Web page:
An aspiring writer who's hovering somewhere between Reasons They're Rejecting You numbers 12 and 13 of Slushkiller's classic list (scroll down a bit), poor thing, has reached that banging-her-head-against-the-wall-and-howling stage. 'What more do I have to do?' she cries. She's written the best book she's capable of, and then made it better still. It's beautifully written, thoughtful, compelling, the voices are great and the plot excellent. Everyone who sees it loves it enough to bother to write a personal rejection, but reject it they do: somehow, it didn't quite grab them enough, in a climate where a book has to rival the grip of the Boston Strangler to be taken on. Some of the rejections mentioned that it falls between 'literary' and 'commercial' which makes it extra-hard to sell. Oh, I've been there (specially on the literary-commercial thing), and there's probably still a dent in the wall of the house I used to live in, where I took those feelings out on it some years ago. I've even offered the afflicted soul the very large, sharp-cornered nursing textbook I used then, because I know it does the job so very satisfyingly.
How does a writer, doing something so well, do it better, just to get over the bar from what my agent calls high competence, into being taken on? No one's saying it's the ideas (if it were you could change it), nor the prose (if it were you could improve it), nor the plot (by thinking movies, just for now), to use Mark Lawson's anatomy of fiction. And for any good writer, books take time to write, and demand that you commit yourself in all sorts of ways, from choosing period and voice, to giving up going to the pub with your partner. Even if she gives up on this novel for now and tries to write something new, how can she begin to know whether it'll be any better, when she doesn't really know what it is that isn't working? And somewhere-between-literary-and-commercial is what she does and is: she's tried pushing her work one way, and the other, and it always comes out worse than when she stays on the ground which is right for her. What I found myself replying was this:
"What I'm wondering, (and it really is just wondering, so try it on for size and discard) is whether it's not that you should move more literary or more commercial, but whether it's more that you haven't yet found the perfect fit of subject for what your strengths are as a writer. Somewhere there is the story/ideas/form which will bring out the absolute best in what you're best at. It's not just a matter of a good idea that you don't think's been done before, or a character that you really fancy, more about something that taps into the absolute core of what you are as a writer, which is probably the absolute core of what you are. I don't just mean that, say, you're good at writing sex, so a novel set in a monastery might not bring out the best in you (though come to think of it...), but something more fundamental. We're so used to having an idea, then bringing our craft and talent to bear on it, but sometimes we need to think that we have our talent, and then craft the idea to suit it."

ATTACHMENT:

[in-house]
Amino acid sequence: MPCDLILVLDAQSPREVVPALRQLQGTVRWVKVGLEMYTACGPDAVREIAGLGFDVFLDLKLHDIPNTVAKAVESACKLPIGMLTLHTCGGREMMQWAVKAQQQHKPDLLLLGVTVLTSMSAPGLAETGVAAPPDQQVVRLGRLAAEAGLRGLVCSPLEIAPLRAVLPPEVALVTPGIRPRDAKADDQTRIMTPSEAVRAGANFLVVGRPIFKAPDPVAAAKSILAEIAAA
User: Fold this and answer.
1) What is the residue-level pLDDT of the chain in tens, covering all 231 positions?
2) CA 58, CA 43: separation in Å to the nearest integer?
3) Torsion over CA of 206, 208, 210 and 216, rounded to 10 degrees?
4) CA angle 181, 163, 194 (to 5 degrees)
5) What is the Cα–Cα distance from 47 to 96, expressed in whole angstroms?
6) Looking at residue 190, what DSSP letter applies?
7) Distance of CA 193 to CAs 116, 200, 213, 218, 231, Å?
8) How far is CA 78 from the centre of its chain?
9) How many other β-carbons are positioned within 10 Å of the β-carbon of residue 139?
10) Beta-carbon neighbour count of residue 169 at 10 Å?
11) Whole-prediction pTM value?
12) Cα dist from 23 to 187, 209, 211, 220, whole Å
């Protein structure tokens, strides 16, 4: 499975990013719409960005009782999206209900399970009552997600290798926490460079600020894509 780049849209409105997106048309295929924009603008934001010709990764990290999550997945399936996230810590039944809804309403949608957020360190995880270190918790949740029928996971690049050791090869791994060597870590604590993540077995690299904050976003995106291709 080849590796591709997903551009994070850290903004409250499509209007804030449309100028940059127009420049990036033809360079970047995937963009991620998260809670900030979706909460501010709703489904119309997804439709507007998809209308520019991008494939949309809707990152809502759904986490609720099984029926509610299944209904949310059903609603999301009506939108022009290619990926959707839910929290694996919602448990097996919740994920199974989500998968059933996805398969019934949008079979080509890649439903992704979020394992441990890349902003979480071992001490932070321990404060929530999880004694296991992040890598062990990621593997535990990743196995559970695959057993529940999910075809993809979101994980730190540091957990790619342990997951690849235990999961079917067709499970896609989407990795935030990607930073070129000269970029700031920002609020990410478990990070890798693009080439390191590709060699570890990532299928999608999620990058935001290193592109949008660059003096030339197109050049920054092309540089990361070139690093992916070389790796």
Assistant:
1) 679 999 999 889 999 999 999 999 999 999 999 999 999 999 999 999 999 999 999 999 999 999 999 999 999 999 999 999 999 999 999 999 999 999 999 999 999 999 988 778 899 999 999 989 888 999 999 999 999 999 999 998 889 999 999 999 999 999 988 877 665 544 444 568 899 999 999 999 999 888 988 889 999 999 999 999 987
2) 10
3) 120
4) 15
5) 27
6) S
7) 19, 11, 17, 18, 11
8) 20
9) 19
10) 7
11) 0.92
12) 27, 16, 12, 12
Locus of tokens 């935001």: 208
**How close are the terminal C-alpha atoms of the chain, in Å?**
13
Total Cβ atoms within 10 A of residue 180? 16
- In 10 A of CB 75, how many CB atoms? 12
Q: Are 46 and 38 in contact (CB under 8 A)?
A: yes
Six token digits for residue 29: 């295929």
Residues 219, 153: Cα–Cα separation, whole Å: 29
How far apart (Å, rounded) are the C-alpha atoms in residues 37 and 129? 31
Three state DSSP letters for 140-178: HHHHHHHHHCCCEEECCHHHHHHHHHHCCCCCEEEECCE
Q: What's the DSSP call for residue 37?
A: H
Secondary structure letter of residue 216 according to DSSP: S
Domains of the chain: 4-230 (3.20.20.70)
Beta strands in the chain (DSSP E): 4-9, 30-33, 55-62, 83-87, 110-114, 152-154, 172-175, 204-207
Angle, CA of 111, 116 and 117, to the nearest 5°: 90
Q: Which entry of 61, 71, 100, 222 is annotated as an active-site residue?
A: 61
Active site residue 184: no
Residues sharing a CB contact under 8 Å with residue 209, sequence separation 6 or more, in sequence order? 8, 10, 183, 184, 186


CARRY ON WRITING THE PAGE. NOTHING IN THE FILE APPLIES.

We're so used to having an idea, then bringing our craft and talent to bear on it, but sometimes we need to think that we have our talent, and then craft the idea to suit it.
Maybe because I'm tired and this post was well overdue, I can't tell if this is This Week's Great Thought, or just a fancy way of suggesting that someone play to their strengths, but I do think there's something interesting behind it. We worry like mad about whether we have any talent, or enough of it - it's the elephant in the room, the sine qua non, the thing we can do nothing about. But we don't often try to understand what that talent, in ourselves, is made up of. And yet we all know, of a favourite author, that some of their books work better than others (which is different from which of their books appeal more to us personally). We recognise the feeling in ourselves or someone else, of a story you/they were born to write, and in set of short stories, for instance, we recognise that we pull some off better than others. But which are they, and why? So much writing and writing-learning works by finding or stumbling over or dredging for ideas (feelings, images), letting the duff ones fall away, and then developing the one that's left, that has some mileage, that intrigues us. By the time you've been working on a story - let alone a novel - for a while, unless it goes horribly and obviously wrong, you're intrigued and involved so deeply that you don't easily step back and ask whether it was, after all, the right thing to be working on. We assume that the role of talent is to make those ideas happen, and then steer our craftsmanly hands in working it as best we can. But maybe one of the ways we develop our writerly selves should be to listen more closely, as we work, to what our talent is saying. No, I don't know what its voice sounds like either, which is perhaps revealing in itself. Singers know what I mean: they work to stretch their expressive and vocal capacity, but they also know what their voice will never do, and what it's perfect for. When my talent says, 'That sentence is wrong', I listen, as I do when it says the ending needs to be different, or that word is right, and even more when it suddenly presents my mind with an idea or a vision I had no idea was there. But what I don't do is ask it what it thinks of what I'm planning to do. Maybe I should.